The biggest mammal news of many hikes and observations lately is the preponderance of coyotes in wild areas of Santa Cruz County’s North Coast. Coyotes are one of two local wild dog relatives, and the other is such a distant relative that it almost shouldn’t count: the grey fox. Coyote prints in the mud are common and seeing coyotes isn’t unusual. In the 1990’s, one could hike at Wilder Ranch State Park and hear what sounded like large groups of coyotes giving choruses. Then that music tapered off. I wonder if large groups will sing again, but now they sing alone or in pairs.

Wildland coyotes eat berries, acorns, insects, birds, rodents… and a lot more. At least at Año Nuevo, they’re even starting to eat things on the beach. But, there’s a lack of acorns and berries right now, so they must be eating the other things more. I’ve seen then snuffling about looking for rodents, and there are lots of holes from them digging in the grasslands – looking for gophers or voles, maybe. Whatever they are eating, all the individuals I’ve had a good look at are healthy looking. Unfortunately, our State wildlife agency, the California Department of Fish and Wildlife, doesn’t seem to have any readily available reports about population trends that I can share. City coyotes seem on the rise, from what I hear from those who live in Santa Cruz.

Great Blue Heron – a Rodent Killer
In the meadows of the North Coast, I frequently see great blue herons hunting rodents. They slowly stalk, seeming to tip toe gently through areas of livestock-grazed short grass. Then they stop. Sometimes they seem frozen, their beaks slightly down, body low, and neck coiled to strike. And, sometimes they seem to be relaxed, enjoying the view, and then pounce from an upright position. This video shows a great blue heron hunting gopher after gopher, and when it eats one – what a difficult swallow! Set against the brilliant green grass, the great blue herons in breeding plumage sure are especially beautiful! One wonders if some birds specialize in terrestrial hunting and some hunt mainly in aquatic areas, or if they switch around.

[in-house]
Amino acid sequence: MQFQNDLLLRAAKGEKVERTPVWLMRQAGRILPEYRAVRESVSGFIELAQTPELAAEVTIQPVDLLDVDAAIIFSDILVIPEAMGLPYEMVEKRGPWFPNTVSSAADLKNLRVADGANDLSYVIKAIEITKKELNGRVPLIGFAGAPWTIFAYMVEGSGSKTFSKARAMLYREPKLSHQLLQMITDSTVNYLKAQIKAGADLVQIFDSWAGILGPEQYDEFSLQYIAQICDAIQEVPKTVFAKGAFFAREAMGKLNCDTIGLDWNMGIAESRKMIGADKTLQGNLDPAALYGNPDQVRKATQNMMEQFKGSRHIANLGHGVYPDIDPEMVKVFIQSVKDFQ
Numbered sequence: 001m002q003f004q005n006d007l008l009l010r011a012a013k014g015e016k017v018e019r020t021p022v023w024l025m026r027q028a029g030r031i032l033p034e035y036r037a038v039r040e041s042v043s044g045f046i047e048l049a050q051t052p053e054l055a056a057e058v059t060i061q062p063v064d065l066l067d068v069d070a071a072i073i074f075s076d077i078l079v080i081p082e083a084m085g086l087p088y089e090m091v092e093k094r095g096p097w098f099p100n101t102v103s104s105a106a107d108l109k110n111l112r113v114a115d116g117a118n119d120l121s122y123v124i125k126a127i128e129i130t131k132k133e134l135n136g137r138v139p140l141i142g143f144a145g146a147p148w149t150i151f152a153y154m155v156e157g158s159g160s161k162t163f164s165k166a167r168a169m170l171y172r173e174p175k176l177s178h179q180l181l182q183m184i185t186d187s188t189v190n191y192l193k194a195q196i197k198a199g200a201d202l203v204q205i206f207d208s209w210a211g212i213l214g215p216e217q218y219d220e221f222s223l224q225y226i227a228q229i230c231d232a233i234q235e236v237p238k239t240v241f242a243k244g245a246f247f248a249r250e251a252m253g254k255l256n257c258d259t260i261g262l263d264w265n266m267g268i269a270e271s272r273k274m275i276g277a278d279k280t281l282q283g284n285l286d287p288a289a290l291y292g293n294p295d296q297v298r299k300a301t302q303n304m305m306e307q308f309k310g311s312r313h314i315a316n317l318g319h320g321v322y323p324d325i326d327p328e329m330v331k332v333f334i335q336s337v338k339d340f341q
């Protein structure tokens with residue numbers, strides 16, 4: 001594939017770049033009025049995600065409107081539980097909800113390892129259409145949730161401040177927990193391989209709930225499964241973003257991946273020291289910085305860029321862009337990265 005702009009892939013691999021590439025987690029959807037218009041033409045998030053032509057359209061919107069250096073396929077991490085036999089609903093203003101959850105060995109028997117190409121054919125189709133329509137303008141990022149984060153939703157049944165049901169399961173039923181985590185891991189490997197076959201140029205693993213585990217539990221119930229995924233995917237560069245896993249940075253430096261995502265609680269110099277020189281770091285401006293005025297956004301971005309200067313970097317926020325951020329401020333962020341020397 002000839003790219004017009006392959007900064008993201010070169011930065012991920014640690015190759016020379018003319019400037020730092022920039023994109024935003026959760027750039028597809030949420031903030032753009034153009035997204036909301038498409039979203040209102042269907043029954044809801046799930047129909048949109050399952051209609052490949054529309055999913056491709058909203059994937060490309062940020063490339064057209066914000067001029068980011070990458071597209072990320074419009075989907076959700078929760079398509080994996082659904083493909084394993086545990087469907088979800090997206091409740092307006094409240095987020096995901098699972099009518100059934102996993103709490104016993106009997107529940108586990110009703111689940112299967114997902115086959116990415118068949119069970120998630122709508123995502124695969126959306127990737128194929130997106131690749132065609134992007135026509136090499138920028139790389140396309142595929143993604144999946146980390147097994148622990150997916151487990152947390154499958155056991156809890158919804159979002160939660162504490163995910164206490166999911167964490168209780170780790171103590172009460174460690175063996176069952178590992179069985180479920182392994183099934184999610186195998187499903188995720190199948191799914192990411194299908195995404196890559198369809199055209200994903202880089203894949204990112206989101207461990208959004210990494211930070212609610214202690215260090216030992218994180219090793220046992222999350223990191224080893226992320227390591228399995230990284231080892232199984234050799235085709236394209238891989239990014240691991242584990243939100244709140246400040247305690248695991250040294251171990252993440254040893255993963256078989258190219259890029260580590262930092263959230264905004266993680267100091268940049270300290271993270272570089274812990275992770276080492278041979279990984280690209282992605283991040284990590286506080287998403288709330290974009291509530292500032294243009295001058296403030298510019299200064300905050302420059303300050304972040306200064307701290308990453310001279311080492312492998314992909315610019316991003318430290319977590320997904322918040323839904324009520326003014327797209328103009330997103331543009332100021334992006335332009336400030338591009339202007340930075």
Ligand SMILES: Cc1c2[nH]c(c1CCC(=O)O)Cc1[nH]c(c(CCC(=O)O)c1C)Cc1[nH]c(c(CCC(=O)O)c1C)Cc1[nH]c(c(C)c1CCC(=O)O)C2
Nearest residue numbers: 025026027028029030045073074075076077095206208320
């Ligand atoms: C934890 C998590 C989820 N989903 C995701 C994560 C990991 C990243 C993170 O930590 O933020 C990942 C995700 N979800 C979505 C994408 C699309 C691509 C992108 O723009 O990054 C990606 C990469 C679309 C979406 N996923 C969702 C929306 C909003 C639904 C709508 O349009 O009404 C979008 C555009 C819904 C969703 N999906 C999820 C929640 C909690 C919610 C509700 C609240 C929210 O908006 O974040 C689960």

The flush of spring wildflowers is under way from sea level to 2,000 feet elevation across Central California. In short-grass prairies, rafts of sky lupines have opened in the past two weeks. Whorls of blue-and-white flowers rise up in sweet-smelling spikes. In taller grass prairies, in shallow soil areas, patches of flame orange California poppies are aglow. In wet areas, huge umbels of bright-white cow parsnip flowers are showing off. Tassels of gold-green live oak flowers are dangling and dancing from branch tips. A hundred variations of grass flowers bob and toss about on flexible stalks in the Spring breezes. Old farm fields are dazzling with yellow mustards and oxalis, lovers and friends sending their partners to stand in the show for photographs in pullouts along Highway 1.